Trump, in video message, vows to stop ‘lawlessness’


President Trump, in a video message on Thursday, vowed to stop “lawlessness” and to continue to protect monuments and statues across the nation after many were vandalized and destroyed in recent weeks.

“Lawlessness has been allowed to prevail. We’re not going to let it prevail any longer,” Trump said in a video message posted to his Twitter feed Thursday. “I signed an executive order just a few days ago, and since then, it’s been very calm. They go to prison for 10 years if they hurt our monuments or our statues.”

“It started off with Confederate statues but then it went to George Washington, Thomas Jefferson, Abraham Lincoln,” Trump continued. “It went to people that were abolitionists, people who wanted to stop slavery.


“It went to anything because frankly it didn’t matter to them. Anarchists, agitators, looters,” he said.

“And people aren’t happy,” Trump went on. “We call it the silent majority but it’s really bigger than that—its called the vast silent majority. And we’re all going make sure that this doesn’t happen any longer.”

He added: “Our country is great, it’s going to be greater than ever before. No doubt about it.”

The president’s video message comes after he signed an executive order last week to protect American monuments, memorials and statues and threatened those who try to pull them down with “long prison time.”

The new order enforces laws prohibiting the desecration of public monuments, the vandalism of government property, and recent acts of violence, withholds federal support tied to public spaces from state and local governments that have failed to protect public monuments, and withdraws federal grants for jurisdictions and law enforcement agencies that fail to stop their desecration. It also provides assistance for protecting the federal statues.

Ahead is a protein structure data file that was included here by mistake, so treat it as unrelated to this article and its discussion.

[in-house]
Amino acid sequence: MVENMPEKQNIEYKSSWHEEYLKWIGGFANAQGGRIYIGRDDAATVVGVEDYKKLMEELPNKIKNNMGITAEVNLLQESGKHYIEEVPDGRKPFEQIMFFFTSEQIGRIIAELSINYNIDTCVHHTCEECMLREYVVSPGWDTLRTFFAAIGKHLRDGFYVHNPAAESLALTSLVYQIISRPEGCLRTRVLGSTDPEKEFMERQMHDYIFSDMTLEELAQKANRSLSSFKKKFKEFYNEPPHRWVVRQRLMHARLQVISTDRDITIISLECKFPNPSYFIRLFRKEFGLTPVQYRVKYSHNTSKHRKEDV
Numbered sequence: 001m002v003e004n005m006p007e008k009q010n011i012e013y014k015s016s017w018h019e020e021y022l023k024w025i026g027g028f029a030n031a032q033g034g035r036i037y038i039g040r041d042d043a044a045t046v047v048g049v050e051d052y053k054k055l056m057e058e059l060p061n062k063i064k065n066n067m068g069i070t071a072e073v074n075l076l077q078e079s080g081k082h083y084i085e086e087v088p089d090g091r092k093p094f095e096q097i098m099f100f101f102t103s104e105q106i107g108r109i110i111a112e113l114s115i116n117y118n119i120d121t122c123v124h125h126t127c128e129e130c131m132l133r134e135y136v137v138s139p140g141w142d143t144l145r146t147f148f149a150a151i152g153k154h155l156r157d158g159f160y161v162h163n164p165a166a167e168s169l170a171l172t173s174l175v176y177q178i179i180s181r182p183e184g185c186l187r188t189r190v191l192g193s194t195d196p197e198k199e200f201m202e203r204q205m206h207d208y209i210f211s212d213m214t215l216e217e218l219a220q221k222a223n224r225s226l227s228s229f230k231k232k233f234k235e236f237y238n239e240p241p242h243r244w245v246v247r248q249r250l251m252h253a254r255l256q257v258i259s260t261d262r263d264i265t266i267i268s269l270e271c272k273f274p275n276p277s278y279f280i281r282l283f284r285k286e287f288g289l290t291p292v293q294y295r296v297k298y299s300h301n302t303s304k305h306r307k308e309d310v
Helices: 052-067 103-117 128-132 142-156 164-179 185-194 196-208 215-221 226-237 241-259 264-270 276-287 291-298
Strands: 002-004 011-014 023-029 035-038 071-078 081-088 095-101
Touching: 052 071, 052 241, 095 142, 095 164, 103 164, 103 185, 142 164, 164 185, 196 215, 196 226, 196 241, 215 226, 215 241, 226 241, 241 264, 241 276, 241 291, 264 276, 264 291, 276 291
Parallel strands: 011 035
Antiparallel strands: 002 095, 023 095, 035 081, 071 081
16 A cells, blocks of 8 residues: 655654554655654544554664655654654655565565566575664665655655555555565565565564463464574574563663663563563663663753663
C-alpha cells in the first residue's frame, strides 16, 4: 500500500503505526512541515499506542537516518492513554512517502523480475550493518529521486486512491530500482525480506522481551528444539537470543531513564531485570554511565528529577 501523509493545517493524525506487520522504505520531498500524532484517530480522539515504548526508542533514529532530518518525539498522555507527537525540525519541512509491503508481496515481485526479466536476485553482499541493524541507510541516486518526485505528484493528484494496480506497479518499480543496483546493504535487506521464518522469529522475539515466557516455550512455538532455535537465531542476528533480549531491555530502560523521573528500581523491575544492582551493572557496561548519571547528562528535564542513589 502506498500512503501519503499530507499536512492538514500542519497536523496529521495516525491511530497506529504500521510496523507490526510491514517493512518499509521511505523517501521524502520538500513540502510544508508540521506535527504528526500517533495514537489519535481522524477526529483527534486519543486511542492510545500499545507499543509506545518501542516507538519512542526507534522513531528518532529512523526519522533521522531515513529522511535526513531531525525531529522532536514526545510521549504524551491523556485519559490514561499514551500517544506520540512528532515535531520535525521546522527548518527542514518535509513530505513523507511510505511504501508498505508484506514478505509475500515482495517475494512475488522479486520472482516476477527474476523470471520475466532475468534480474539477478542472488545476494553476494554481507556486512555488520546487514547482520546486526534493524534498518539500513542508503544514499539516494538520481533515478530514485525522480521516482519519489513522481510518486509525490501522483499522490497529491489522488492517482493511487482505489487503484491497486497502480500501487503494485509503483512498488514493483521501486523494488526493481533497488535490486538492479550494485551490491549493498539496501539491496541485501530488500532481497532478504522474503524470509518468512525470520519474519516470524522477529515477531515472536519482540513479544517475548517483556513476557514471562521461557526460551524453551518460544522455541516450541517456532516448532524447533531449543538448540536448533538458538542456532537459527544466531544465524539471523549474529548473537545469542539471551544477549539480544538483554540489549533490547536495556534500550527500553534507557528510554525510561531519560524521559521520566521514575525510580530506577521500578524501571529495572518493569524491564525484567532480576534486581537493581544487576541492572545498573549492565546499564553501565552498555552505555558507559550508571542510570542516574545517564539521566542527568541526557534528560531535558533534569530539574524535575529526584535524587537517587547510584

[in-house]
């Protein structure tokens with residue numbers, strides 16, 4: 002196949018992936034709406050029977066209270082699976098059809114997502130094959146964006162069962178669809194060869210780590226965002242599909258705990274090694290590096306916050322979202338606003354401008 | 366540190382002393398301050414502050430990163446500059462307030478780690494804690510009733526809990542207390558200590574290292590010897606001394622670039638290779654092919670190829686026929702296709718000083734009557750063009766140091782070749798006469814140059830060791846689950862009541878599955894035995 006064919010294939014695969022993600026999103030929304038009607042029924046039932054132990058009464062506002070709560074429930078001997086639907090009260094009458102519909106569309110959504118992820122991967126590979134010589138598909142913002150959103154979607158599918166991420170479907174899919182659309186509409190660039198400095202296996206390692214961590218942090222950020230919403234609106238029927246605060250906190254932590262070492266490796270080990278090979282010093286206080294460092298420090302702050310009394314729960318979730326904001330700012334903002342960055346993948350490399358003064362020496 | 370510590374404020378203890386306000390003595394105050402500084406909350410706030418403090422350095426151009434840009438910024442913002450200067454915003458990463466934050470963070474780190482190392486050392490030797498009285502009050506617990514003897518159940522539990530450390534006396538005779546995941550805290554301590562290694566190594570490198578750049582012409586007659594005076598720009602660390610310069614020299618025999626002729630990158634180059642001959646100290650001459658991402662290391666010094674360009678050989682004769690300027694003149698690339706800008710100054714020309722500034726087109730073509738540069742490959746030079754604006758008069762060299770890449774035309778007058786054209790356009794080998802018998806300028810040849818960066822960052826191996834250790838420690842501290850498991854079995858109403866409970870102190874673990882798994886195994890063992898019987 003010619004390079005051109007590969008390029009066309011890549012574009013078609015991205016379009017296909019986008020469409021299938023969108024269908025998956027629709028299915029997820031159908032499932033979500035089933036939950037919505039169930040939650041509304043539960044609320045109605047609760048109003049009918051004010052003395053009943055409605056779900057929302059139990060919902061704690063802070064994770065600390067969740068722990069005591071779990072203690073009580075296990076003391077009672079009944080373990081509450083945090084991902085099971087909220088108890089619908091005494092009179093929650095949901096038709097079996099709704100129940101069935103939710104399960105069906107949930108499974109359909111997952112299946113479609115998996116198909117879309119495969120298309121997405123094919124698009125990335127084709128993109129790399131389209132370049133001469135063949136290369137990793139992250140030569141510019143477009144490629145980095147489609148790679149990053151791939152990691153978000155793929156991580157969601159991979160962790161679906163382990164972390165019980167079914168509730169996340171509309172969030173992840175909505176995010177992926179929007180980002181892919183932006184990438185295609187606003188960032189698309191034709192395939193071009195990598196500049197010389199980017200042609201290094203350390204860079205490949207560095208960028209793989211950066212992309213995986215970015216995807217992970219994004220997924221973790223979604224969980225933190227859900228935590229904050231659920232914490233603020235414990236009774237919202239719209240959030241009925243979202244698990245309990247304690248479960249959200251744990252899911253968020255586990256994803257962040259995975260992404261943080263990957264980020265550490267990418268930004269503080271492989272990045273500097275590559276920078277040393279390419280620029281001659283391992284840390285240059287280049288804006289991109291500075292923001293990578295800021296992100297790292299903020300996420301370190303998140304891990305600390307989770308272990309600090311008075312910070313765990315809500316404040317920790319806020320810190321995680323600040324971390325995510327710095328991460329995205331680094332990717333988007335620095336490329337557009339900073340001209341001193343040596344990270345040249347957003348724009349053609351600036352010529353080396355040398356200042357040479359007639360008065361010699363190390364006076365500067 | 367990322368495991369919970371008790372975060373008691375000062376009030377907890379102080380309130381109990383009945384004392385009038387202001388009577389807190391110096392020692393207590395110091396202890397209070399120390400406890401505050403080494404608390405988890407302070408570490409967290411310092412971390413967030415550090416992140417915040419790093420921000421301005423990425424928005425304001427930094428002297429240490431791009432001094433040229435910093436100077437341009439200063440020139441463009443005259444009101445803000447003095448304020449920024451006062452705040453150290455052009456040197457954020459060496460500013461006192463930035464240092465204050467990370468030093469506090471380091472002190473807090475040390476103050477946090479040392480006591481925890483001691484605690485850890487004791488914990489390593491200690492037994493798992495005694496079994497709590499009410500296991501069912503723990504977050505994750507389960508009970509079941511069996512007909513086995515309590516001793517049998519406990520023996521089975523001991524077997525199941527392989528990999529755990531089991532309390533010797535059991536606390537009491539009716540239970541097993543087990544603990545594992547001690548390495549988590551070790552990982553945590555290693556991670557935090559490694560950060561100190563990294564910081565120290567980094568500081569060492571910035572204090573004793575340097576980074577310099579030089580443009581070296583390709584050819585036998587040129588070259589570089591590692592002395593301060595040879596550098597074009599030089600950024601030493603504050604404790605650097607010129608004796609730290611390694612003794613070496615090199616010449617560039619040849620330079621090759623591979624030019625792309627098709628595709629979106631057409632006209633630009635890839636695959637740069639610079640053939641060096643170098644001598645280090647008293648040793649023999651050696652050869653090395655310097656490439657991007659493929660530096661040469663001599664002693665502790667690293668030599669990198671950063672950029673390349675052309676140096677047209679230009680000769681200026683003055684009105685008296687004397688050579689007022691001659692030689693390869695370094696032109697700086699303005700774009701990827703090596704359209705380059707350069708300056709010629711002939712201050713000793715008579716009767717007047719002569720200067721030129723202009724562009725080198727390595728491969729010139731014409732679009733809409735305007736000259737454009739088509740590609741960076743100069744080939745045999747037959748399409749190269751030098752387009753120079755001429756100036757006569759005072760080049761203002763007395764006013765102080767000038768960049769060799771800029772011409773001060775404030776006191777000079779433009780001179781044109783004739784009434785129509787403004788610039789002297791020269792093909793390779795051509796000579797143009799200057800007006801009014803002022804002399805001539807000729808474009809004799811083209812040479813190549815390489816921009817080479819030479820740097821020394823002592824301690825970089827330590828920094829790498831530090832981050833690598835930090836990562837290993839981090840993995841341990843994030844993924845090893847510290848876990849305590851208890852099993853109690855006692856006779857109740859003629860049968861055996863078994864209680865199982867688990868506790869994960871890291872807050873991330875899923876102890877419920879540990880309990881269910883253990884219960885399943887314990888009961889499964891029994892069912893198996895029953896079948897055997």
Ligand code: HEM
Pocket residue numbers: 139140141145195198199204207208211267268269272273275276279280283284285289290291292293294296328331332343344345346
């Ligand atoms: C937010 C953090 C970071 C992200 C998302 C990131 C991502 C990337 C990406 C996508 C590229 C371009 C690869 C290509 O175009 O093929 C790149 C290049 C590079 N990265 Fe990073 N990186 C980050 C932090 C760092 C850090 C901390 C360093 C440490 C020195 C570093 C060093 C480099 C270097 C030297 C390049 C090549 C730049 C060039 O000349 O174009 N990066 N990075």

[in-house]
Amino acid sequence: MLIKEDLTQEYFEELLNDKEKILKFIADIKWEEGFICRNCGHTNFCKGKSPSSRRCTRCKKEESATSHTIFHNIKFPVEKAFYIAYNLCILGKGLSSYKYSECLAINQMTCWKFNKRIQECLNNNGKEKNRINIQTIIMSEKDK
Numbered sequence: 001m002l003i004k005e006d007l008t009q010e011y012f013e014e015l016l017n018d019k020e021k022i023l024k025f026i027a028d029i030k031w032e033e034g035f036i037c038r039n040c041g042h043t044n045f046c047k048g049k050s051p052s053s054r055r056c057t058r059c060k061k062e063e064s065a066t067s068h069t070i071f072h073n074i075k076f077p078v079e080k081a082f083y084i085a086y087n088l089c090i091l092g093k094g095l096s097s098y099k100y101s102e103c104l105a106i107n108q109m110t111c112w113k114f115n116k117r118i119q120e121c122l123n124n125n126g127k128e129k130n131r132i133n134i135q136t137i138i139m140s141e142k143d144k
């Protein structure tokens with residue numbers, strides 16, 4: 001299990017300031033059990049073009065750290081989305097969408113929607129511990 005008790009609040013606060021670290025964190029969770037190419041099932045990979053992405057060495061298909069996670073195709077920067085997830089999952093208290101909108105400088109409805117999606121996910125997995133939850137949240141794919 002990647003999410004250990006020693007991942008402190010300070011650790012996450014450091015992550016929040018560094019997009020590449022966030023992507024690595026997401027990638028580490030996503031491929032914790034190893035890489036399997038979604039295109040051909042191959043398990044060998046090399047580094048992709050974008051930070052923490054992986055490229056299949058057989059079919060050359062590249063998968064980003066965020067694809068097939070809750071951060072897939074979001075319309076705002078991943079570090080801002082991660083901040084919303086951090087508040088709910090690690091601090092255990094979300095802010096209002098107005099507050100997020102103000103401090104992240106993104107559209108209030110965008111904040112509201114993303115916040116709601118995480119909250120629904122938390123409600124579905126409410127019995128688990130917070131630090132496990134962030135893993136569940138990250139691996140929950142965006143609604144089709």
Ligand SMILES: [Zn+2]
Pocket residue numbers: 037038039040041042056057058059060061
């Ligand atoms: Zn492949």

Earlier this week, Fox News reported that Department of Homeland Security will be deploying a special federal unit across the country for the July 4 weekend in order to protect federal monuments and statues amid concerns of “increased disruptive activity at specific locations across the country that could threaten our personnel and the Federal facilities and property they protect.”

Rapid Deployment Teams (RDTs) from the Protecting American Communities Task Force (PACT), consisting of law enforcement officers specially trained in areas such as crowd control and riot control, will be dispatched to Portland, Seattle and Washington D.C.

Additional RDTs will be dispatched regionally so that they can be flown into any other area within a few hours should unrest spark up in other cities across the U.S.

This is on top of a Federal Protective Service (FPS) presence being ramped up higher than usual for a weekend in response to the potential challenge. Hundreds of FPS officers will be protecting facilities, and DHS has identified hundreds more in case they need assistance.


The move marks an aggressive response by the Trump administration to push back against the effort to target statues.

While the initial targets were Confederate generals and figures, it has spread to others including Abraham Lincoln, who signed the Emancipation Proclamation, and Thomas Jefferson, who penned the Declaration of Independence.

But the efforts to reconsider these monuments have taken a more formal route as well, mostly for Confederate figures. House Speaker Nancy Pelosi, D-Calif., recently ordered the removal of portraits in the Capitol of previous House speakers who served in the Confederacy.

“There’s no room in the hallowed halls of this democracy, this temple of democracy, to memorialize people who embody violent bigotry and grotesque racism of the Confederacy,” she said.

Meanwhile, a new ad from the Republican Attorneys General Association (RAGA) pushes back on the effort to target statues.

Fox News’ Adam Shaw and Morgan Phillips contributed to this report. 


Please enter your comment!
Please enter your name here